‘They don’t understand what happened here’: Non-profit pushes to restore Norman Studios

JACKSONVILLE, Fla. — Right now, there’s a push to restore a piece of history in Jacksonville — Norman Studios.

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Already designated as a National Historic Landmark, it produced silent films decades ago that featured all-African-American casts, in positive, non-stereotypical roles.

As a part of our “Gets Real” series, Action News Jax’s Courtney Cole explains the help that’s needed and the plan to make it widely accessible to the community.

“When I found out the story, that this was a race-film studio and that some of the movies that were made here are world-famous,” Rita Reagan knew she had to do whatever she could to maintain Norman Studios.

Here she is 27 years later, working to keep its legacy alive.

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Norman, the president of Norman Studios Silent Film Museum, Inc., told Cole it was originally founded back in 1916 as Eagle Film City. Richard E. Norman bought it in the early 1920s.

“Not everybody puts together the pieces of the puzzle when they see this,” Reagan said.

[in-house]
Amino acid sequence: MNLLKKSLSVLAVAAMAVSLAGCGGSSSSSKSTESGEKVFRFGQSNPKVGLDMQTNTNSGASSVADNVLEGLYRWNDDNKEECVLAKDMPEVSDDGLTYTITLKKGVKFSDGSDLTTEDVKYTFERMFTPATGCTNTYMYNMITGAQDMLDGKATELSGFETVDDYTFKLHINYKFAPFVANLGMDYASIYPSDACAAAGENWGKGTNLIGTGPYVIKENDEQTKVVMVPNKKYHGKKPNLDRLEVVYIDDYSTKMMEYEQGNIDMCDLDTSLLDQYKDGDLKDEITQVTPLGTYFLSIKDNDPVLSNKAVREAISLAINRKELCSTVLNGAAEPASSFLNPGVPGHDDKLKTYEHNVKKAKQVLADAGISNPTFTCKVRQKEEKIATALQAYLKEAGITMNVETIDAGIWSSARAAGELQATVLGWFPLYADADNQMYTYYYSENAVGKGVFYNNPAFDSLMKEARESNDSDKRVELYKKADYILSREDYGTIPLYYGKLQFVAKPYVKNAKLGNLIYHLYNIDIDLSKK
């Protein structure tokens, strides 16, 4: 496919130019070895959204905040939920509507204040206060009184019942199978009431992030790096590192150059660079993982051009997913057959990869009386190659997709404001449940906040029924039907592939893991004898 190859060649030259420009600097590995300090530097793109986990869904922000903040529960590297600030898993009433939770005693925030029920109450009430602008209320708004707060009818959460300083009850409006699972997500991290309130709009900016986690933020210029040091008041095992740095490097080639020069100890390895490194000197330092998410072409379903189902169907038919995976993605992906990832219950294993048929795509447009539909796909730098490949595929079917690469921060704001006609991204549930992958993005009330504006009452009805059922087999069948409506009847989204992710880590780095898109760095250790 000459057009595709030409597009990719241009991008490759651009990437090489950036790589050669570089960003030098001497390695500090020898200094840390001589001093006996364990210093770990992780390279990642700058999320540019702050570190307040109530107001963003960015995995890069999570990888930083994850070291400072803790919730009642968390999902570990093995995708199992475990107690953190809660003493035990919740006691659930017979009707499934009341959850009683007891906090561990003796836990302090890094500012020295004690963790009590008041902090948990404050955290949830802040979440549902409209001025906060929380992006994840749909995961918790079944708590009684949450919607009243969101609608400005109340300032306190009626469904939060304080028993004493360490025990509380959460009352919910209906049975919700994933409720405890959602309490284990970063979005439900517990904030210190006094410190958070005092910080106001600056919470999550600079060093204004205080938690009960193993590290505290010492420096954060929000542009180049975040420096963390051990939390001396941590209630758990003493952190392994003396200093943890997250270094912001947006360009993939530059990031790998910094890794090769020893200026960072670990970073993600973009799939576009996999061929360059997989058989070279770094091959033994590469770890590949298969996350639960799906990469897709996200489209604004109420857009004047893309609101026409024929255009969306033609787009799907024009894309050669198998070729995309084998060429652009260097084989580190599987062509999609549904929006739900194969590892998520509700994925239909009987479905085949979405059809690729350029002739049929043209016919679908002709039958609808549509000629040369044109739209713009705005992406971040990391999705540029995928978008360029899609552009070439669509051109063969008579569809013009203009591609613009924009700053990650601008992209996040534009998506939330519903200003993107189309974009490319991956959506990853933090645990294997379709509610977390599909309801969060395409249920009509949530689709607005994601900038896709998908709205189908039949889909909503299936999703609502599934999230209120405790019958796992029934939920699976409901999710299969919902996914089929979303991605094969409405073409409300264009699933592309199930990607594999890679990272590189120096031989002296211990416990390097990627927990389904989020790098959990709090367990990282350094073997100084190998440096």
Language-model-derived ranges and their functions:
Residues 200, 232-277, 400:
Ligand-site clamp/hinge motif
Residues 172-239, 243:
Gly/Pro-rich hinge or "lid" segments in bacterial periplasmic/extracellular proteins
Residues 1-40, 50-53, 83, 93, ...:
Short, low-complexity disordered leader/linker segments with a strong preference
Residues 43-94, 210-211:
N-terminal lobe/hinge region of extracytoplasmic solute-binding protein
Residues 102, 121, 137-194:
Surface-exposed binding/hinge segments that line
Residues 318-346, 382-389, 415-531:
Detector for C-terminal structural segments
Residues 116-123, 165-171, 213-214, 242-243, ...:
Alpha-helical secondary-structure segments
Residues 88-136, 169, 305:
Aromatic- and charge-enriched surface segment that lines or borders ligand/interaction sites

Some just admire the quaint buildings in passing, while others admire the park.

“But they don’t understand what happened here. For instance, in this building, this is where the actors would stay. Richard Norman would always hire people from Black theater, all around the country to be in his movies,” Reagan passionately explained.

She showed Cole some of the well-preserved movie posters.

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We’ve also included a snippet of the last movie they still have available, called “The Flying Ace.”

The Norman Studios campus comprises five buildings. One of those buildings is owned by a local church, Circle of Faith Ministries, but now the church has decided to move on.

Now, Reagan said they need the city’s help to buy the building.

“We have tried to raise the money,” Reagan said.

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The church has already moved out of the building.

“It’s a step-by-step process. The City has to make the decision that they are going to make an offer to the church, then they have to decide what it’s going to be. The church has to decide if they’re going to take it and then it has to go to City Council,” said Reagan.

Reagan ultimately hopes to restore and reopen the Norman Studios site as a center of research, tourism and learning.

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Action News Jax’s Courtney Cole reached out to Jacksonville City Council member Joyce Morgan to find out more, as Norman Studios falls in her district.

Morgan told Cole via email “Parks Director is working on this. He said we should have the appraisal within the next 30 -45 days and from there the work can begin in earnest to identify possible funding sources.”

“We’re hoping that this all happens this year,” Reagan said.